Welfare State

It’s common for ‘welfare state’ to be spoken of in pejorative terms as a cushy hammock that discourages large numbers of moochers from working, that breaks up families because it makes men unneeded as providers, and that is paid for by economically vulnerable working class taxpayers who shouldn’t have to foot that bill. Thus, the term can be a negative reference to the extensive and expensive system in which American government tries to become intermediary in caring for the poor.  

Others see the welfare state as a wonderful element of society - without which families would break up and many others would be unable to live.  Thus, the term can be positive reference to the safety net of social programs provided by government to the poor and “down on their luck,” the idea being that the economy on its own is not enough, that things happen that are no one’s fault and leave people deserving of help. Sometimes, for example, someone gets laid off and is suddenly at risk of being homeless.

Still others understand the welfare state to be a much bigger collection of government activities, indeed as all of the programs that somehow support the economy and/or aid individual taxpayer, whether they be rich, poor, or middle class. By this view the welfare state includes public school funding, tax breaks for big business, hospital subsidies, bridge-building, mortgage tax deductions, Medicaid payments for nursing home care, Medicare payments to health practitioners, and Federal Reserve activities meant to encourage economic growth. In other words, the welfare system (see below) is just one part of the welfare state. From this leftist perspective, the United States has by far the smallest welfare state of any rich nation - quite a contrast to the conservative view of welfare activities in the U.S. as far too large and out of control.

Although both leftist and conservative critics see current U.S. welfare programs as poorly designed and likely to keep people poor, they see very different flaws.  On one hand, the current system is understood by some as creating dependency (and a “culture of poverty”) among those we are seeking to help by offering not only too much - but by not asking people to contribute enough of their own energies to change. From this perspective, what the poor really need is people who see them capable of self-reliance and a free market system that rewards hard work.  Thus some conservatives would argue that markets if left on their own would -- and even today mostly do -- provide adequate opportunity for all.

On the other hand, others see the failures of welfare to raise people from poverty as arising because in addition to giving only enough aid to prevent mass unrest, there seems to be not enough to pay for education or otherwise allow poor people to acquire the skills and assets needed to “move up.” From this perspective, what the poor really need is exactly what most middle class people need: enough decent-paying jobs in their own community to give people some security and allow them to invest in the future (e.g. their kid’s college education).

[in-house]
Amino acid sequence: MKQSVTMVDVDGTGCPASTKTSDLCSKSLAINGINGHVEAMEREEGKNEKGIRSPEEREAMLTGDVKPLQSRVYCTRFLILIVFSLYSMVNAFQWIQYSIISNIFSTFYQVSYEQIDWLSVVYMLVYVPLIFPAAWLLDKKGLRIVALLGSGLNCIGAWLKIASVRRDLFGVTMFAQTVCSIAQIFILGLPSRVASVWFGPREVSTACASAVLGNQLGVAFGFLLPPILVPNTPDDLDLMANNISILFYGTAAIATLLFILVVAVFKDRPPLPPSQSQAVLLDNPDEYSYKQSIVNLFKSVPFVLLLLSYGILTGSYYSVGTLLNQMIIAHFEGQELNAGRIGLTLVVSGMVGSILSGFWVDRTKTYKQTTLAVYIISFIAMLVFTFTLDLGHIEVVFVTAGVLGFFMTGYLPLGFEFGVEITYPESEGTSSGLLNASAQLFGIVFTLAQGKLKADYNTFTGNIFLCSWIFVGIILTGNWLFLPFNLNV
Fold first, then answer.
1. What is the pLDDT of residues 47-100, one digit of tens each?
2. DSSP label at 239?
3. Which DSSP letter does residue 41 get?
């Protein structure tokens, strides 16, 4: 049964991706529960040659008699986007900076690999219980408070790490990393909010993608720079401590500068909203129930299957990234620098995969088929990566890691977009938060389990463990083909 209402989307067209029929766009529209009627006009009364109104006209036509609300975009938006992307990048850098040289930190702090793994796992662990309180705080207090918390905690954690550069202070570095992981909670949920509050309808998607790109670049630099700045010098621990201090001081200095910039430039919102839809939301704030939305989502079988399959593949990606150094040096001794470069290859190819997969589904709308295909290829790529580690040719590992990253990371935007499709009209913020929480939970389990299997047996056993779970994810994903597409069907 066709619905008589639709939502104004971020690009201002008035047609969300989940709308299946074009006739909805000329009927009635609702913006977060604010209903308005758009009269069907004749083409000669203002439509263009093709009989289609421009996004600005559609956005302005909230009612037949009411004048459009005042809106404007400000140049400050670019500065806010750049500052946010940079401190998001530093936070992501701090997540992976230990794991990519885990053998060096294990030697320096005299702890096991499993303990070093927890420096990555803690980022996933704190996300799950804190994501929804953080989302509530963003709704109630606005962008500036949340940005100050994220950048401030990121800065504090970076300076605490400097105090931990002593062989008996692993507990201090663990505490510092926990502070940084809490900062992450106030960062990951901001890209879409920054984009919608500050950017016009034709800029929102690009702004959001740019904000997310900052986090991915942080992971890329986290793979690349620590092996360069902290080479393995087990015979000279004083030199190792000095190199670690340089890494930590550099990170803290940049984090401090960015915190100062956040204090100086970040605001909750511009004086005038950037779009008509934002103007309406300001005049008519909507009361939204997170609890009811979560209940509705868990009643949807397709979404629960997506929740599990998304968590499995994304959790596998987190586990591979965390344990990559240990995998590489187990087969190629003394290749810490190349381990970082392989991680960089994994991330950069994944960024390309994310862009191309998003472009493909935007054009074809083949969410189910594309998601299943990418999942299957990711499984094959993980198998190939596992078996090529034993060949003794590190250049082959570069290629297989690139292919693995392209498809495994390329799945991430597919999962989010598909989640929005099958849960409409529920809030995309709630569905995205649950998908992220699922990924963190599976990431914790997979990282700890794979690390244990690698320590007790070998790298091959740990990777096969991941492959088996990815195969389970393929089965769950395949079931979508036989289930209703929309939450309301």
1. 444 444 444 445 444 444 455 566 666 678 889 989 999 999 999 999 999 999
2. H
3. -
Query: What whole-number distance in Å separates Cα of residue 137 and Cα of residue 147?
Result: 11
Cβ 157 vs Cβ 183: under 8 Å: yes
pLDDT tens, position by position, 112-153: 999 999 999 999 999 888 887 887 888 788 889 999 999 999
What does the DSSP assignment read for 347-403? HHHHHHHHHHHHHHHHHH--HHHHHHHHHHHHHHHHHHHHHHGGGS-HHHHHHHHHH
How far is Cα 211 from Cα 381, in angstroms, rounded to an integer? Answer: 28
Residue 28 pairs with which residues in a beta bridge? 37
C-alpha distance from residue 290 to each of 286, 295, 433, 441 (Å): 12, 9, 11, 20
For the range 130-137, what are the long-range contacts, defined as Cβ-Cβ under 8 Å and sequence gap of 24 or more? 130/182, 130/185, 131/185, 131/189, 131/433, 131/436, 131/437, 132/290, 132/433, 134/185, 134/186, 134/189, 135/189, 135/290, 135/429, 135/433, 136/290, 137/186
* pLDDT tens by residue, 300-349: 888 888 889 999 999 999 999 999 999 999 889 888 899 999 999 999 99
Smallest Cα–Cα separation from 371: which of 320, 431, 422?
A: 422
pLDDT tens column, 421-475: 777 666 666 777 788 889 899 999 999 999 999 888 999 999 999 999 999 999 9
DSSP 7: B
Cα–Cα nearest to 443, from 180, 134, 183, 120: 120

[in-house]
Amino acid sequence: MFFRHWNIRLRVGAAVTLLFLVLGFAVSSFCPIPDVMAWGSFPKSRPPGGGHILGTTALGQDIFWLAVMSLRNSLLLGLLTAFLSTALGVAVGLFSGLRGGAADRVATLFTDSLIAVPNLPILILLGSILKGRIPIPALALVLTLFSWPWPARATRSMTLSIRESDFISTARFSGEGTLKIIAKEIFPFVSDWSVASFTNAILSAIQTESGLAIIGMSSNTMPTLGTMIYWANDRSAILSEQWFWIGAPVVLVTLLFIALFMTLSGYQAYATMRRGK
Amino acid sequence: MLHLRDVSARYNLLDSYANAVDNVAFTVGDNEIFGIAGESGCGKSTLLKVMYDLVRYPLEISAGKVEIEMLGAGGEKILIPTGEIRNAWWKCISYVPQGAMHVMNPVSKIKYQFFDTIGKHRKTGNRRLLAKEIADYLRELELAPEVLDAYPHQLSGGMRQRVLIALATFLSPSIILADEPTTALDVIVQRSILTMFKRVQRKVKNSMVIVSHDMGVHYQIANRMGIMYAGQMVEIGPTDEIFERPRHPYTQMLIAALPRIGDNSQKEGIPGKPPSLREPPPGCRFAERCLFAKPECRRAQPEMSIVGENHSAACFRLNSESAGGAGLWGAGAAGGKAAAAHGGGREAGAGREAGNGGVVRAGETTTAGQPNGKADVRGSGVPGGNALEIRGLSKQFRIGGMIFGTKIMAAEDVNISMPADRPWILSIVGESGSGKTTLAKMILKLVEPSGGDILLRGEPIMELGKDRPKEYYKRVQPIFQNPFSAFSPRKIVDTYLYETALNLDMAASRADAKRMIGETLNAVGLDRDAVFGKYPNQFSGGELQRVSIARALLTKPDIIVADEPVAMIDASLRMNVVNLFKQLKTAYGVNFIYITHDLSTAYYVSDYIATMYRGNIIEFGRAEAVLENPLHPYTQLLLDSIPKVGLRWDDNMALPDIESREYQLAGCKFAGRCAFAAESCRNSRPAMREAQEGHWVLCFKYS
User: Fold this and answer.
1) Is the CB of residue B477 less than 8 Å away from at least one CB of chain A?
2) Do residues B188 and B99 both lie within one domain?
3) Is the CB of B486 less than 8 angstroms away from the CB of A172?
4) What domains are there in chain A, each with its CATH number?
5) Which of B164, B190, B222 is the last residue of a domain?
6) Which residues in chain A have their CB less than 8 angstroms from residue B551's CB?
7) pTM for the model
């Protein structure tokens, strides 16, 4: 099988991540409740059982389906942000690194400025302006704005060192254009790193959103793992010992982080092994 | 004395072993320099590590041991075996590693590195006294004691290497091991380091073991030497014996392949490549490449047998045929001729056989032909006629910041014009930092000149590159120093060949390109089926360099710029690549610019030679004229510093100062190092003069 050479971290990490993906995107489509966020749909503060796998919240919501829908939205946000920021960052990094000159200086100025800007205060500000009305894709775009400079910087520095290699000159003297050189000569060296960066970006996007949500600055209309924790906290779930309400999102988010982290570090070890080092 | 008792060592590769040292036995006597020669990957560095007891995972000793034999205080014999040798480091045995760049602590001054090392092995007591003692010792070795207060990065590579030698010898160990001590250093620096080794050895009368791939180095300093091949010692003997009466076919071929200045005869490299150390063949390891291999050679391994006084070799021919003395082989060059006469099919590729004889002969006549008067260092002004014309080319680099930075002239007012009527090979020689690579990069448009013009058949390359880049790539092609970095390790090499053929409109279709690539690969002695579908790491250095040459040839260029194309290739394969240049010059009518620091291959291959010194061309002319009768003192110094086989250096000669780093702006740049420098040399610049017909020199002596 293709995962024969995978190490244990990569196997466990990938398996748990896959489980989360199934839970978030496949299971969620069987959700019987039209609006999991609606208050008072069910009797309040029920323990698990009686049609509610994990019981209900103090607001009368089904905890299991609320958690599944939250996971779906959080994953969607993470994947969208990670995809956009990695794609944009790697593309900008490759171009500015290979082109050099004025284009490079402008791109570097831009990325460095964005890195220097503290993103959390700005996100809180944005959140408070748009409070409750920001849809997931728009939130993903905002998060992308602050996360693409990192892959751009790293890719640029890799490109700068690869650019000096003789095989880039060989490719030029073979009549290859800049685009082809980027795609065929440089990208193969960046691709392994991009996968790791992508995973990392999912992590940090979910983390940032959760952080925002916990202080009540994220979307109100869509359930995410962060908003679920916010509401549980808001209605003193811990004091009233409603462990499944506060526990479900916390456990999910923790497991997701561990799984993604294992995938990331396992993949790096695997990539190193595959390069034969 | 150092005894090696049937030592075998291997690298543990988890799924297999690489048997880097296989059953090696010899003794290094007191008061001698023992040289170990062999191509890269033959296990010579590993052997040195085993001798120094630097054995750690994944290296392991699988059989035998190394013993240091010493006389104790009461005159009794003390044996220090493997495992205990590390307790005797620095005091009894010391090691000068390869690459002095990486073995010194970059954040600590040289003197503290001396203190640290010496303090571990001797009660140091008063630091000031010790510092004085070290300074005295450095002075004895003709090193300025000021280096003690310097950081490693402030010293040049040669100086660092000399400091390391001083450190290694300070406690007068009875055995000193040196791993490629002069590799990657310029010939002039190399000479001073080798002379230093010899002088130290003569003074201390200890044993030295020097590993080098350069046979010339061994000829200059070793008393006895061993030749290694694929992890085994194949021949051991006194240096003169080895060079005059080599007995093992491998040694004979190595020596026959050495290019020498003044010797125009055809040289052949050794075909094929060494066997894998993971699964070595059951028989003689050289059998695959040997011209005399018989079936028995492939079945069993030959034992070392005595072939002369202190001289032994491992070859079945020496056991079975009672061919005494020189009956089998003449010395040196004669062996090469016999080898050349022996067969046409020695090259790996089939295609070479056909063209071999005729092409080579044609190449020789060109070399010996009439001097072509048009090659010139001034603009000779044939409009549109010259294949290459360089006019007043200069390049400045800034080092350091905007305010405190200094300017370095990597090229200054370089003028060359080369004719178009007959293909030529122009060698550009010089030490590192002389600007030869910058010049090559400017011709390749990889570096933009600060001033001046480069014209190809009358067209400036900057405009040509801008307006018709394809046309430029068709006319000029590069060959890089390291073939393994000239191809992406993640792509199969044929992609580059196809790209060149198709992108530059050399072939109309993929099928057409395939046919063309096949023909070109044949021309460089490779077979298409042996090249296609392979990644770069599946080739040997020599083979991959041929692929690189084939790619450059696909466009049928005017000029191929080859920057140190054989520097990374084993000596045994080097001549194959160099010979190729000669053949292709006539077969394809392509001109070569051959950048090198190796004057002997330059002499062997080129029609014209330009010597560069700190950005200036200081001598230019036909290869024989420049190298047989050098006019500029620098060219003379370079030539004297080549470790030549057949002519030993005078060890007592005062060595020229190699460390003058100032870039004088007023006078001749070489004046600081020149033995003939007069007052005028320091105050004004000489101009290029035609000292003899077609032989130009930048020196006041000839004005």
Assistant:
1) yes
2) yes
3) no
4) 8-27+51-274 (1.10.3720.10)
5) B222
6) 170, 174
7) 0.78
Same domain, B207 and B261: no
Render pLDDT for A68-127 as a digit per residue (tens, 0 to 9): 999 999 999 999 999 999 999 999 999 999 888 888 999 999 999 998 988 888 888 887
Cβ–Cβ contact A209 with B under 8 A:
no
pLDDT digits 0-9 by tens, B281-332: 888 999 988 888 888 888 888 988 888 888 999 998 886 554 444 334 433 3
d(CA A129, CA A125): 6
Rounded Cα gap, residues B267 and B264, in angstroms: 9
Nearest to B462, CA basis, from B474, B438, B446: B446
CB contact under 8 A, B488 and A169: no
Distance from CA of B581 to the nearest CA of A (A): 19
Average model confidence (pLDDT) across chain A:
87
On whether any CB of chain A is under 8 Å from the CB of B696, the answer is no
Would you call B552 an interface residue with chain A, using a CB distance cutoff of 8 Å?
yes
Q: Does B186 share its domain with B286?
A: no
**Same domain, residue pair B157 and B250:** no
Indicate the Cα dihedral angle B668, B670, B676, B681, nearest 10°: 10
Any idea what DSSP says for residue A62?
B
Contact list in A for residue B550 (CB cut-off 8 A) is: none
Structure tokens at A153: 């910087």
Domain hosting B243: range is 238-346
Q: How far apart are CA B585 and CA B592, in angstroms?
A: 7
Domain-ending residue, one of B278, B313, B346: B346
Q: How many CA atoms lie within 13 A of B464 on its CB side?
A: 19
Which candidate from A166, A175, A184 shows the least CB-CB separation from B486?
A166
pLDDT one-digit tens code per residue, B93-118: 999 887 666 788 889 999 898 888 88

How families are impacted by the welfare state is another point of departure. Conservatives believe that welfare leads able-bodied adults to fail to look hard for work, thereby causing unemployment and unnecessary welfare dependence. They also believe that welfare payments cause the breakup of families and that in turn leaves many women without the help of a provider. Leftists and liberals consider welfare payment way too low to have those effects and believe that a very small number of people are actually on the kind welfare that pays cash to adults (most welfare spending goes to the very elderly and to health care providers). To leftist, the real problems faced by people trying to sustain families in poor communities include ultra-low wages, companies that don’t make their employees full-time and don’t even tell them what hours they will work until the day before each work week begins, and all the punitive, time-consuming, distrustful, and counterproductive rules that comes with the small aid packages that some people qualify for. From this perspective, then, welfare is not the problem.

Part of the red-blue dispute involves the idea of “moving up.” Conservatives believe that poor people who work hard and fly right will move up into the middle class. Leftists argue that poor people want to move up as much as others do and are equally ready to work hard but the odds are stacked against them because there aren’t enough middle class jobs for everybody who deserves one. Some leftists also argue that moving up often means leaving one’s community and its network of mutual obligations (where neighbors and kin are there to help). That is not only risky; it also entails loss of community and can feel morally wrong, because to move up is to abandon people one cares about.

Many conservatives believe that welfare fraud is a big problem. Liberals disagree - and suggest that the real serious fraud is committed by well-off people who take advantage of poor people. They also add that some people in very poor communities have to commit “welfare fraud” now and again in order to honor their obligations to their networks of sharing that help keep them and their fellow community members alive (e.g. they share childcare across households or use part of a welfare check to help a neighbor pay for a funeral). When such “fraud” is committed recipients often get caught and then lose their tiny grant.  

Conversation Catalysts: 

Shorto, Russell, Going Dutch, April 2009 New York Times Magazine

Ferrara, Peter, America's Ever Expanding Welfare Empire April, 2012, Forbes.

William Voegeli Never Enough: America’s Limitless Welfare State


Phil Neisser, Jacob Hess

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